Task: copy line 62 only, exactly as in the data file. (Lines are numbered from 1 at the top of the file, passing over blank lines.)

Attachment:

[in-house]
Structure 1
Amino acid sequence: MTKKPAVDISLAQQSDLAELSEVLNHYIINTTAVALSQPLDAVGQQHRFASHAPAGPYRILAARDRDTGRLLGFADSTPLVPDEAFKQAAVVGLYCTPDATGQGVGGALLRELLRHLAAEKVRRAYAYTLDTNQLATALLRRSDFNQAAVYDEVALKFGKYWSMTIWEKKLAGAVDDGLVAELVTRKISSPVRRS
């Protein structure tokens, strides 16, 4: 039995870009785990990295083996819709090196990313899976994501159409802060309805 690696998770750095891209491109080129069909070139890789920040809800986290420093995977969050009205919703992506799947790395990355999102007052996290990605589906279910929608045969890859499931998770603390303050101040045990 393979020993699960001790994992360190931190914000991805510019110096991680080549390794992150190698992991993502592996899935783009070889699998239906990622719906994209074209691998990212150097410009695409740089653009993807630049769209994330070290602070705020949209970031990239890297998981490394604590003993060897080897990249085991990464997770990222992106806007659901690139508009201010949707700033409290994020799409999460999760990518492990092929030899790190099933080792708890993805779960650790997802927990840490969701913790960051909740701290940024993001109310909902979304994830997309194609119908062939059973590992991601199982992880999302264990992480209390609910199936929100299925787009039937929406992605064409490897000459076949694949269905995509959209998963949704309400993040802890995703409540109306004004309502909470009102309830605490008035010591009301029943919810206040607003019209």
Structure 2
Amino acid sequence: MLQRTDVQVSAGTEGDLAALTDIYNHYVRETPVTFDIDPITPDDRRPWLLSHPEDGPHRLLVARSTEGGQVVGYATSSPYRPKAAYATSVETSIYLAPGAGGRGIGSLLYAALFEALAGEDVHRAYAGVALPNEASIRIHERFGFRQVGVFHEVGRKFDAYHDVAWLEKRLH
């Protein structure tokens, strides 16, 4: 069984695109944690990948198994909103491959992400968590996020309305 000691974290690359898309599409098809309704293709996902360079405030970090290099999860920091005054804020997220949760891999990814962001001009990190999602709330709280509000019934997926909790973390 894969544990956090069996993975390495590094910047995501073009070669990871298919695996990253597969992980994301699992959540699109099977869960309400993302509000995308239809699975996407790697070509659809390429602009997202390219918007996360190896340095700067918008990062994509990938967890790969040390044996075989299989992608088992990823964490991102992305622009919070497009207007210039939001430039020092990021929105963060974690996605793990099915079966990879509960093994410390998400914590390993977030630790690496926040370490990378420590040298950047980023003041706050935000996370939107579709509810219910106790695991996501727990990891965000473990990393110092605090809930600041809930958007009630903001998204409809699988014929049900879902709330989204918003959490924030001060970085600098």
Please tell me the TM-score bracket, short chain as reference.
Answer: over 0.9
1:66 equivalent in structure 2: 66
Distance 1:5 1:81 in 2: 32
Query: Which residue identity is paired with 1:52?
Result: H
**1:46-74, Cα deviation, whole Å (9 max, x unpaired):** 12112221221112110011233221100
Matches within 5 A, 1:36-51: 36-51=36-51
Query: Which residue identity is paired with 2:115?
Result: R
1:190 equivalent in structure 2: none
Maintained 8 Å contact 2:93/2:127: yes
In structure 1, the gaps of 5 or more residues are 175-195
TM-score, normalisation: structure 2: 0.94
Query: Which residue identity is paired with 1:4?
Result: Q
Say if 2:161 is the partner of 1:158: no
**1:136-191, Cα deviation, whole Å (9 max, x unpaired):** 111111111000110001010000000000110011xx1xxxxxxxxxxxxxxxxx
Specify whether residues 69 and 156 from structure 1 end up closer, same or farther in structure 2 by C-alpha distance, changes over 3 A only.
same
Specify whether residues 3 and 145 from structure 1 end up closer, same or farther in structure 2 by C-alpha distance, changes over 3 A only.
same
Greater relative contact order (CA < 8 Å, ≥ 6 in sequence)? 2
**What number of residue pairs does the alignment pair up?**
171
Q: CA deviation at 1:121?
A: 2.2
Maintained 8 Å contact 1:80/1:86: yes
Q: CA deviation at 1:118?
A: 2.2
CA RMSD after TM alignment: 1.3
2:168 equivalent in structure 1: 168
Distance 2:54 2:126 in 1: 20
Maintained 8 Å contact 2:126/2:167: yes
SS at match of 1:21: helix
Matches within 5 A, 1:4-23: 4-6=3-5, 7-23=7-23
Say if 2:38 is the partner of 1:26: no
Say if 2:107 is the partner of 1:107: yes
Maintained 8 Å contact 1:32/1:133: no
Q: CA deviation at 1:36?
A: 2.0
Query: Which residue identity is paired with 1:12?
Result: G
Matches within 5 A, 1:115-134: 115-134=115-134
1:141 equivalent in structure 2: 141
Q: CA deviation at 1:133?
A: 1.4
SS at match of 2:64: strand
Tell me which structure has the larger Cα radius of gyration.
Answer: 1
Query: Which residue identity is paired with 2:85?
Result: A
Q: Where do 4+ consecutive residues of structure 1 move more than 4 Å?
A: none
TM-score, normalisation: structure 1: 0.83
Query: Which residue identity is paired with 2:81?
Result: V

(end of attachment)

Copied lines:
TM-score, normalisation: structure 1: 0.83